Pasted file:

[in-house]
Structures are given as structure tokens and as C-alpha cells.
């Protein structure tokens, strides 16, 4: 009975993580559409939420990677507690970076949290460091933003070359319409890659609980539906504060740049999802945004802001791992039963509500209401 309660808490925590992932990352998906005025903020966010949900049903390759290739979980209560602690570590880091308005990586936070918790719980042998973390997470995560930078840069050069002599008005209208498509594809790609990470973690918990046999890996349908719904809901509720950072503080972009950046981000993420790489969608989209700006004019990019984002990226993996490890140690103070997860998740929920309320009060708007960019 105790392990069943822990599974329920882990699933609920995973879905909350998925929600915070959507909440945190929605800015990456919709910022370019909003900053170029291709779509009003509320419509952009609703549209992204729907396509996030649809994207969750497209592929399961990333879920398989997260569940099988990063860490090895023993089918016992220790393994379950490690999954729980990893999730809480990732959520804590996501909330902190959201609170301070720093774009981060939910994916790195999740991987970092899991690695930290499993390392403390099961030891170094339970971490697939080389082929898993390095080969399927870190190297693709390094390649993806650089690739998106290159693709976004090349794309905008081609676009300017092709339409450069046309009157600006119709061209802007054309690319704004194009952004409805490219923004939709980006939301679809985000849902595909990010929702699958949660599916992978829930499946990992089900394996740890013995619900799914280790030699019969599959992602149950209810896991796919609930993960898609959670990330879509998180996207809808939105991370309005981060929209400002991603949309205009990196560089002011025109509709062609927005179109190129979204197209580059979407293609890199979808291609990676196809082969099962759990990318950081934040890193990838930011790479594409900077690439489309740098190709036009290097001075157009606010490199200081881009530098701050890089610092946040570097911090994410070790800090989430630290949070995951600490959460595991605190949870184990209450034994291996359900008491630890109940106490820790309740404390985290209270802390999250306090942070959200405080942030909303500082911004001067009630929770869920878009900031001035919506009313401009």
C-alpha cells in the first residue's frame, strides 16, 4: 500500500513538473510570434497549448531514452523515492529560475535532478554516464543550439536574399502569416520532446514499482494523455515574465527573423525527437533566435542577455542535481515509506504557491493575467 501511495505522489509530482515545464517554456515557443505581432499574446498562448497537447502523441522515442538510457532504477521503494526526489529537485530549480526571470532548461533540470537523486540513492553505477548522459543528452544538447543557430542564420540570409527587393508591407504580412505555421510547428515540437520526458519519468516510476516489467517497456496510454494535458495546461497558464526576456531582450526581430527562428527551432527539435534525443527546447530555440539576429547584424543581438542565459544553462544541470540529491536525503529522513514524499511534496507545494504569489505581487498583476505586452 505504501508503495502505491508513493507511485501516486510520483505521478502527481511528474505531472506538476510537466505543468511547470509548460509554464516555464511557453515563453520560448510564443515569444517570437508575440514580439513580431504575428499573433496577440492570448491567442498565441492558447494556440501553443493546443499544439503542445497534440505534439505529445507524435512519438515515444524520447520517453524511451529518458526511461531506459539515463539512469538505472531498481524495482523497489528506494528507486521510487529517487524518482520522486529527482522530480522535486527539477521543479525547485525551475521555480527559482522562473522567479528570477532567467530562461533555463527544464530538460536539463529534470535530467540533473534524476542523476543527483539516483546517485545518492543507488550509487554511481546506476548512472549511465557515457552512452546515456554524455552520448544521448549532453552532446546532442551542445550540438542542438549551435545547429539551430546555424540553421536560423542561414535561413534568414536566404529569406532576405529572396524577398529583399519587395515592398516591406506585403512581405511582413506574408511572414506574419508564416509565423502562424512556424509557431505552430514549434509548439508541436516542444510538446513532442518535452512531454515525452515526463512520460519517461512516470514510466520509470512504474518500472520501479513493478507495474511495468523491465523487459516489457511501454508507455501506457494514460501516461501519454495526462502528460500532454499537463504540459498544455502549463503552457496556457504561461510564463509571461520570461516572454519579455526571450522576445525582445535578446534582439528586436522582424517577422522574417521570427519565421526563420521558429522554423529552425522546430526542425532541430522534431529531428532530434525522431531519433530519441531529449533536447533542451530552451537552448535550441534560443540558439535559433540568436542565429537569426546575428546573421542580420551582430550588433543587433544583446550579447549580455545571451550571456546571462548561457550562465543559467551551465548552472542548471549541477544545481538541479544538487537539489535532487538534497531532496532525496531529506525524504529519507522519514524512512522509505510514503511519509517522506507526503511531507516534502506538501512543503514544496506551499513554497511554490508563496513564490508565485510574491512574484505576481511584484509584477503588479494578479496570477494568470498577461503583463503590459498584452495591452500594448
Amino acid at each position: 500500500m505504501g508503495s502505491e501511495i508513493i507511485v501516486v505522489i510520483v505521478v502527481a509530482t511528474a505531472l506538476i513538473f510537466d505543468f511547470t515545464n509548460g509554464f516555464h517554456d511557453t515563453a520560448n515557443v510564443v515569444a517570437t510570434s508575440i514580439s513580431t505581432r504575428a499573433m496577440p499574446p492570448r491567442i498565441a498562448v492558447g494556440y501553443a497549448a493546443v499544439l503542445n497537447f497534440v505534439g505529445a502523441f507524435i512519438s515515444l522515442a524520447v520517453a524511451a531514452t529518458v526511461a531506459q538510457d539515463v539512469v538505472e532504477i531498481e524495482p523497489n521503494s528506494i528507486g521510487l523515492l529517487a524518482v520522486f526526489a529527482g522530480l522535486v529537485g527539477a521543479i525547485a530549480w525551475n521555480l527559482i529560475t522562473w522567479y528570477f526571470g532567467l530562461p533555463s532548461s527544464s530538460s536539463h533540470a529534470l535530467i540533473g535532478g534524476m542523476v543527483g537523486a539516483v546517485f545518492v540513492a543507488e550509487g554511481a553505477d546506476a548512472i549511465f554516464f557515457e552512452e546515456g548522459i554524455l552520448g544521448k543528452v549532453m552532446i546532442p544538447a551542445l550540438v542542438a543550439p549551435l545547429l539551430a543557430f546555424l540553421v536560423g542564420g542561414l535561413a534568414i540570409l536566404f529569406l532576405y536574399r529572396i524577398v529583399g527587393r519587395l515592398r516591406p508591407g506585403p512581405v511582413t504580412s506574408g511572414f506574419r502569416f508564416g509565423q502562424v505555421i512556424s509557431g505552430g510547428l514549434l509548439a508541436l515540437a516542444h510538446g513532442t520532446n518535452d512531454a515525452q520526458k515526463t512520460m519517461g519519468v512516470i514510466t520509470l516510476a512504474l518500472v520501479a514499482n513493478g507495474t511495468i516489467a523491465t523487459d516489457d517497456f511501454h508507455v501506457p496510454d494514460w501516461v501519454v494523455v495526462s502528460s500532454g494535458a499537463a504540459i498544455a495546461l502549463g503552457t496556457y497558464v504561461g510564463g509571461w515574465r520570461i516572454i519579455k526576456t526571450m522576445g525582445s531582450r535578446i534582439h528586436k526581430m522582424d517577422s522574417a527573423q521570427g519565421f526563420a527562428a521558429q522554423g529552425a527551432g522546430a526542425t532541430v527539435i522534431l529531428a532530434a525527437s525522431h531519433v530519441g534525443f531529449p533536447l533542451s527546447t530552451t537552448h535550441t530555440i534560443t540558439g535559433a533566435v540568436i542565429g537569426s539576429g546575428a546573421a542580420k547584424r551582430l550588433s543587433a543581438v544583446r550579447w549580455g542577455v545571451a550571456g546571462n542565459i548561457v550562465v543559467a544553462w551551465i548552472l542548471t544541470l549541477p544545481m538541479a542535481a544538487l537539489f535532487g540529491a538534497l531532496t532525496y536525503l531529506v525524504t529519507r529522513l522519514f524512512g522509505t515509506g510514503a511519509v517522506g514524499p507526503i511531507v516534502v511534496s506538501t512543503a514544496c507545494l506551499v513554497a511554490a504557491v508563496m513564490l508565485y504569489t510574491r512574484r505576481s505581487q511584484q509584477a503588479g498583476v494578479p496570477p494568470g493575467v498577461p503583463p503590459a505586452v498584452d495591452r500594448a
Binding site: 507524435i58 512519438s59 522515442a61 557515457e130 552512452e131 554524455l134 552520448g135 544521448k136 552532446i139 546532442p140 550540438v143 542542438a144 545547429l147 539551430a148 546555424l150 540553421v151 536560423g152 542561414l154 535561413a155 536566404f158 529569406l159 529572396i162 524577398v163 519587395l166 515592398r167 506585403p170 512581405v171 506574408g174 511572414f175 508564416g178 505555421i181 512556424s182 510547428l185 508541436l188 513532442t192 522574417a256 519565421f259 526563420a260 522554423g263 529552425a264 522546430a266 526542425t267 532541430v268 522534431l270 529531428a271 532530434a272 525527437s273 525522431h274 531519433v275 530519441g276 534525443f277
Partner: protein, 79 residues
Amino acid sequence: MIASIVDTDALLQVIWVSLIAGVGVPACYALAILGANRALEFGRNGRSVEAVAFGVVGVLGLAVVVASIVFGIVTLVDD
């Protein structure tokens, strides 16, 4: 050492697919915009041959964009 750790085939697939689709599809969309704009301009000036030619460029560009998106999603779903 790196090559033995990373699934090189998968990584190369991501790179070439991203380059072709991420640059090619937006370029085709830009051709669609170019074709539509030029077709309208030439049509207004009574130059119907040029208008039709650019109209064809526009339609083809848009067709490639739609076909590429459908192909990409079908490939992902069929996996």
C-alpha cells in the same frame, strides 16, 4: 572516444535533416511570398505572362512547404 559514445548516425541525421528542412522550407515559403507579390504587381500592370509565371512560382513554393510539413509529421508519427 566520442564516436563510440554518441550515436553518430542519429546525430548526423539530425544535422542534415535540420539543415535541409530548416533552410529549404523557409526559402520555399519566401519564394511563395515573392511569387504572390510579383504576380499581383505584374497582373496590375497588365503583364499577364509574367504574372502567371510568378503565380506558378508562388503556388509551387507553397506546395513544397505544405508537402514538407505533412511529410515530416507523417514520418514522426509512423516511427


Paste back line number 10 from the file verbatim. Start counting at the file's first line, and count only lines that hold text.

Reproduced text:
C-alpha cells in the same frame, strides 16, 4: 572516444535533416511570398505572362512547404 559514445548516425541525421528542412522550407515559403507579390504587381500592370509565371512560382513554393510539413509529421508519427 566520442564516436563510440554518441550515436553518430542519429546525430548526423539530425544535422542534415535540420539543415535541409530548416533552410529549404523557409526559402520555399519566401519564394511563395515573392511569387504572390510579383504576380499581383505584374497582373496590375497588365503583364499577364509574367504574372502567371510568378503565380506558378508562388503556388509551387507553397506546395513544397505544405508537402514538407505533412511529410515530416507523417514520418514522426509512423516511427